Over the following weeks, employees of Goldman Sachs Asia continued to market their services to Oei. (Compl. ¶¶ 20, 27-29). Most notable were the efforts of Goldman Sachs Asia employee Mats Dewitte. (Compl. ¶¶ 28-46). After two meetings with Dewitte, Oei agreed to purchase a series of currency options that together constituted a "carry trade." (Lee Decl. ¶ 10; id. Ex. F). Although Oei had previously entered into trades that were "short" the Japanese Yen and "long" the United States Dollar - that is, bets that would earn Oei money if the Dollar rose in value relative to the Yen - Dewitte and other Goldman Sachs Asia employees persuaded Oei to enter a similar deal with the Brazilian Real, a currency with which Oei was relatively unfamiliar, in lieu of the United States Dollar. (Lee Decl. ¶¶ 10-11; Compl. ¶ 33). The result was that Oei stood to gain if the Brazilian Real appreciated relative to the Japanese Yen, but faced losses if the opposite occurred. (Lee Decl. ¶¶ 10-11; see also id., Ex. F). The transaction was completed on May 15, 2013. (Lee Decl. ¶ 11).

Oei was quickly stricken with buyer's remorse. He sought to unwind the trades only six days after entering into them, but Goldman Sachs told him that it would cost $18, 000, 000 to do so, apparently due to lack of liquidity in the market for the type options Oei held. (Compl. ¶¶ 65-70). Apparently fazed by the steep cost of a quick exit from his positions, Oei did not unwind his trades until June 17, 2013. By that time, Oei had been forced to pay six margin calls, and the transactions collectively cost him $34, 299, 037. (Compl. ¶¶ 98, 113; accord Lee Decl. ¶ 12 ("[T]he cost to Mr. Oei was substantial."); id., Ex. G (accounting for the losses)).

C. The Singapore Lawsuit

On July 5, 2013, Oei wrote a letter to Goldman Sachs Asia, addressed to "Roland S. Lee, " threatening to sue for his losses. (Lee Decl., Ex. H, ¶ 12). On September 20, 2013, Oei made good on his threat and filed suit against another Goldman Sachs affiliate, Goldman Sachs International, in the High Court of the Republic of Singapore. (Lee Decl. ¶ 14; id., Ex. I). (The choice to sue Goldman Sachs International, as opposed to Goldman Sachs Asia, was and is unexplained.) Oei's Singapore lawsuit challenges the same trades as the instant lawsuit, and contains many of the same factual allegations, but omits any reference to Cohn or any other employee of GS Group. ( See generally id., Ex. I). In Singapore, Goldman Sachs International argued that Oei was bound by the arbitration agreement contained in the Client Agreement. (Lee Decl. ¶ 15). On January 20, 2014, a court in Singapore granted Goldman Sachs International's application to stay the suit pending the outcome of arbitration proceedings in London. ( Id., Ex. R). On January 29, 2014, Oei appealed that stay order (Decl. Siraj Omar (Docket No. 22-1) ¶¶ 6-7; id., Ex. D), but subsequently failed to perfect the appeal; the Singaporean judgment is now final. (Docket Nos. 30-31; Docket No. 32, Ex. A).[2]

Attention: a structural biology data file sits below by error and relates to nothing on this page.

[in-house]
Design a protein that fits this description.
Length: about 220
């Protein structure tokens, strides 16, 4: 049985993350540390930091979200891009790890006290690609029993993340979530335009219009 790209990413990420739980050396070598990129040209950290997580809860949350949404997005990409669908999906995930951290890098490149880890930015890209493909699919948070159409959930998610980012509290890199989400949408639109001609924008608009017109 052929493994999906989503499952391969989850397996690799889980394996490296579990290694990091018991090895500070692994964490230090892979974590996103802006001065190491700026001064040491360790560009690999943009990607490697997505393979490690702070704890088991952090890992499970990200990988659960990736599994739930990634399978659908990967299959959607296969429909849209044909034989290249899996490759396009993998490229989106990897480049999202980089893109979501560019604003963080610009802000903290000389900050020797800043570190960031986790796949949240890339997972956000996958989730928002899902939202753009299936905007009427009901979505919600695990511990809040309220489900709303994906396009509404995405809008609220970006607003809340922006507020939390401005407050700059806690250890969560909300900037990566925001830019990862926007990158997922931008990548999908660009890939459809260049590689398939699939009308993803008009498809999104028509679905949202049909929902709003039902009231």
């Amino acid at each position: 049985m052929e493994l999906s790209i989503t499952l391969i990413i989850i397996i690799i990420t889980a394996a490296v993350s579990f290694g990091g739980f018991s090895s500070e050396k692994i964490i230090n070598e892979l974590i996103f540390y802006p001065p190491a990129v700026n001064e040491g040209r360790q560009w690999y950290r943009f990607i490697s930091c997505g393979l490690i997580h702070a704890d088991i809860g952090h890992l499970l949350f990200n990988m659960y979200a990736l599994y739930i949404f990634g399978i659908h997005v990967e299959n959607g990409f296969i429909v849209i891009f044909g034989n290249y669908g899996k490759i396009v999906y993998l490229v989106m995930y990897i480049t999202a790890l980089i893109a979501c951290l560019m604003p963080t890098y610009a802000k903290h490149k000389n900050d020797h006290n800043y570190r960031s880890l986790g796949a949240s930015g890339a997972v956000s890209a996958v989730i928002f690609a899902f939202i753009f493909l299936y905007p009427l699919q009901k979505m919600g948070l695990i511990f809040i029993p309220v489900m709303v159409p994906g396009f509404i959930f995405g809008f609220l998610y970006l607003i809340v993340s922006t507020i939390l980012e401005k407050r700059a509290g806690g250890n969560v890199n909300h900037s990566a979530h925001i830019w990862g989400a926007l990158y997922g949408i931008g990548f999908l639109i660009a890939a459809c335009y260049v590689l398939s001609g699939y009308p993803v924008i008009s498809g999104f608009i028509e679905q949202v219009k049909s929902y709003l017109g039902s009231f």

D. The Instant Lawsuit

On December 4, 2013, Plaintiff filed the instant lawsuit against GS Group in New York State Supreme Court (Notice of Removal (Docket No. 1) 40), alleging nine causes of action: fraudulent misrepresentation, aiding and abetting the same, corporate malfeasance, breach of fiduciary duty, aiding and abetting the same, unjust enrichment, fraudulent inducement, and aiding and abetting the same. (Compl. ¶¶ 115-91). More specifically, Plaintiff alleges that Defendant had a duty to provide him with all relevant information about the carry trades - including the cost to unwind the trades, the liquidity of the market for the options involved, the various market risks involved in the trade, and the nature of his relationship with Goldman Sachs - and that GS Group violated that duty. ( See, e.g., id. ¶¶ 116-31). He also complains about, among other things, the strike prices chosen by Goldman Sachs and the mark-to-market accounting used by Goldman Sachs to price the options - on the ground that they enabled Goldman Sachs to profit at his expense. ( Id. ¶¶ 49-60). Plaintiff seeks compensatory and punitive damages. ( Id. ¶¶ 192-97).

The day after Plaintiff filed his Complaint, before it was served, GS Group removed the action to this Court. (Docket No. 1). See Flores v. Merck & Co. (In re Fosamax Prods. Liab. Litig.), MDL No. 1789 (JFK), 2008 WL 2940560, at *3 (noting the inapplicability of the homestate defendant exception "where an in-state defendant has not been served by the time the removal petition is filed"). On January 23, 2014, GS Group moved to stay in favor of arbitration in London. (Docket No. 18). In support of its motion, GS Group submitted declarations by David Joseph, an English lawyer offering his opinion on the application of English law to the facts of this case (Docket No. 21), as well as Lee Ronald Suk Bae, a Managing Director of Goldman Sachs Asia (Docket No. 20). The latter declaration serves primarily as the vehicle through which to submit and authenticate the relevant business records necessary to decide this motion. On February 18, 2014, Oei moved to strike the Joseph declaration in its entirety (Docket No. 23), and the Lee declaration in part (Docket No. 24).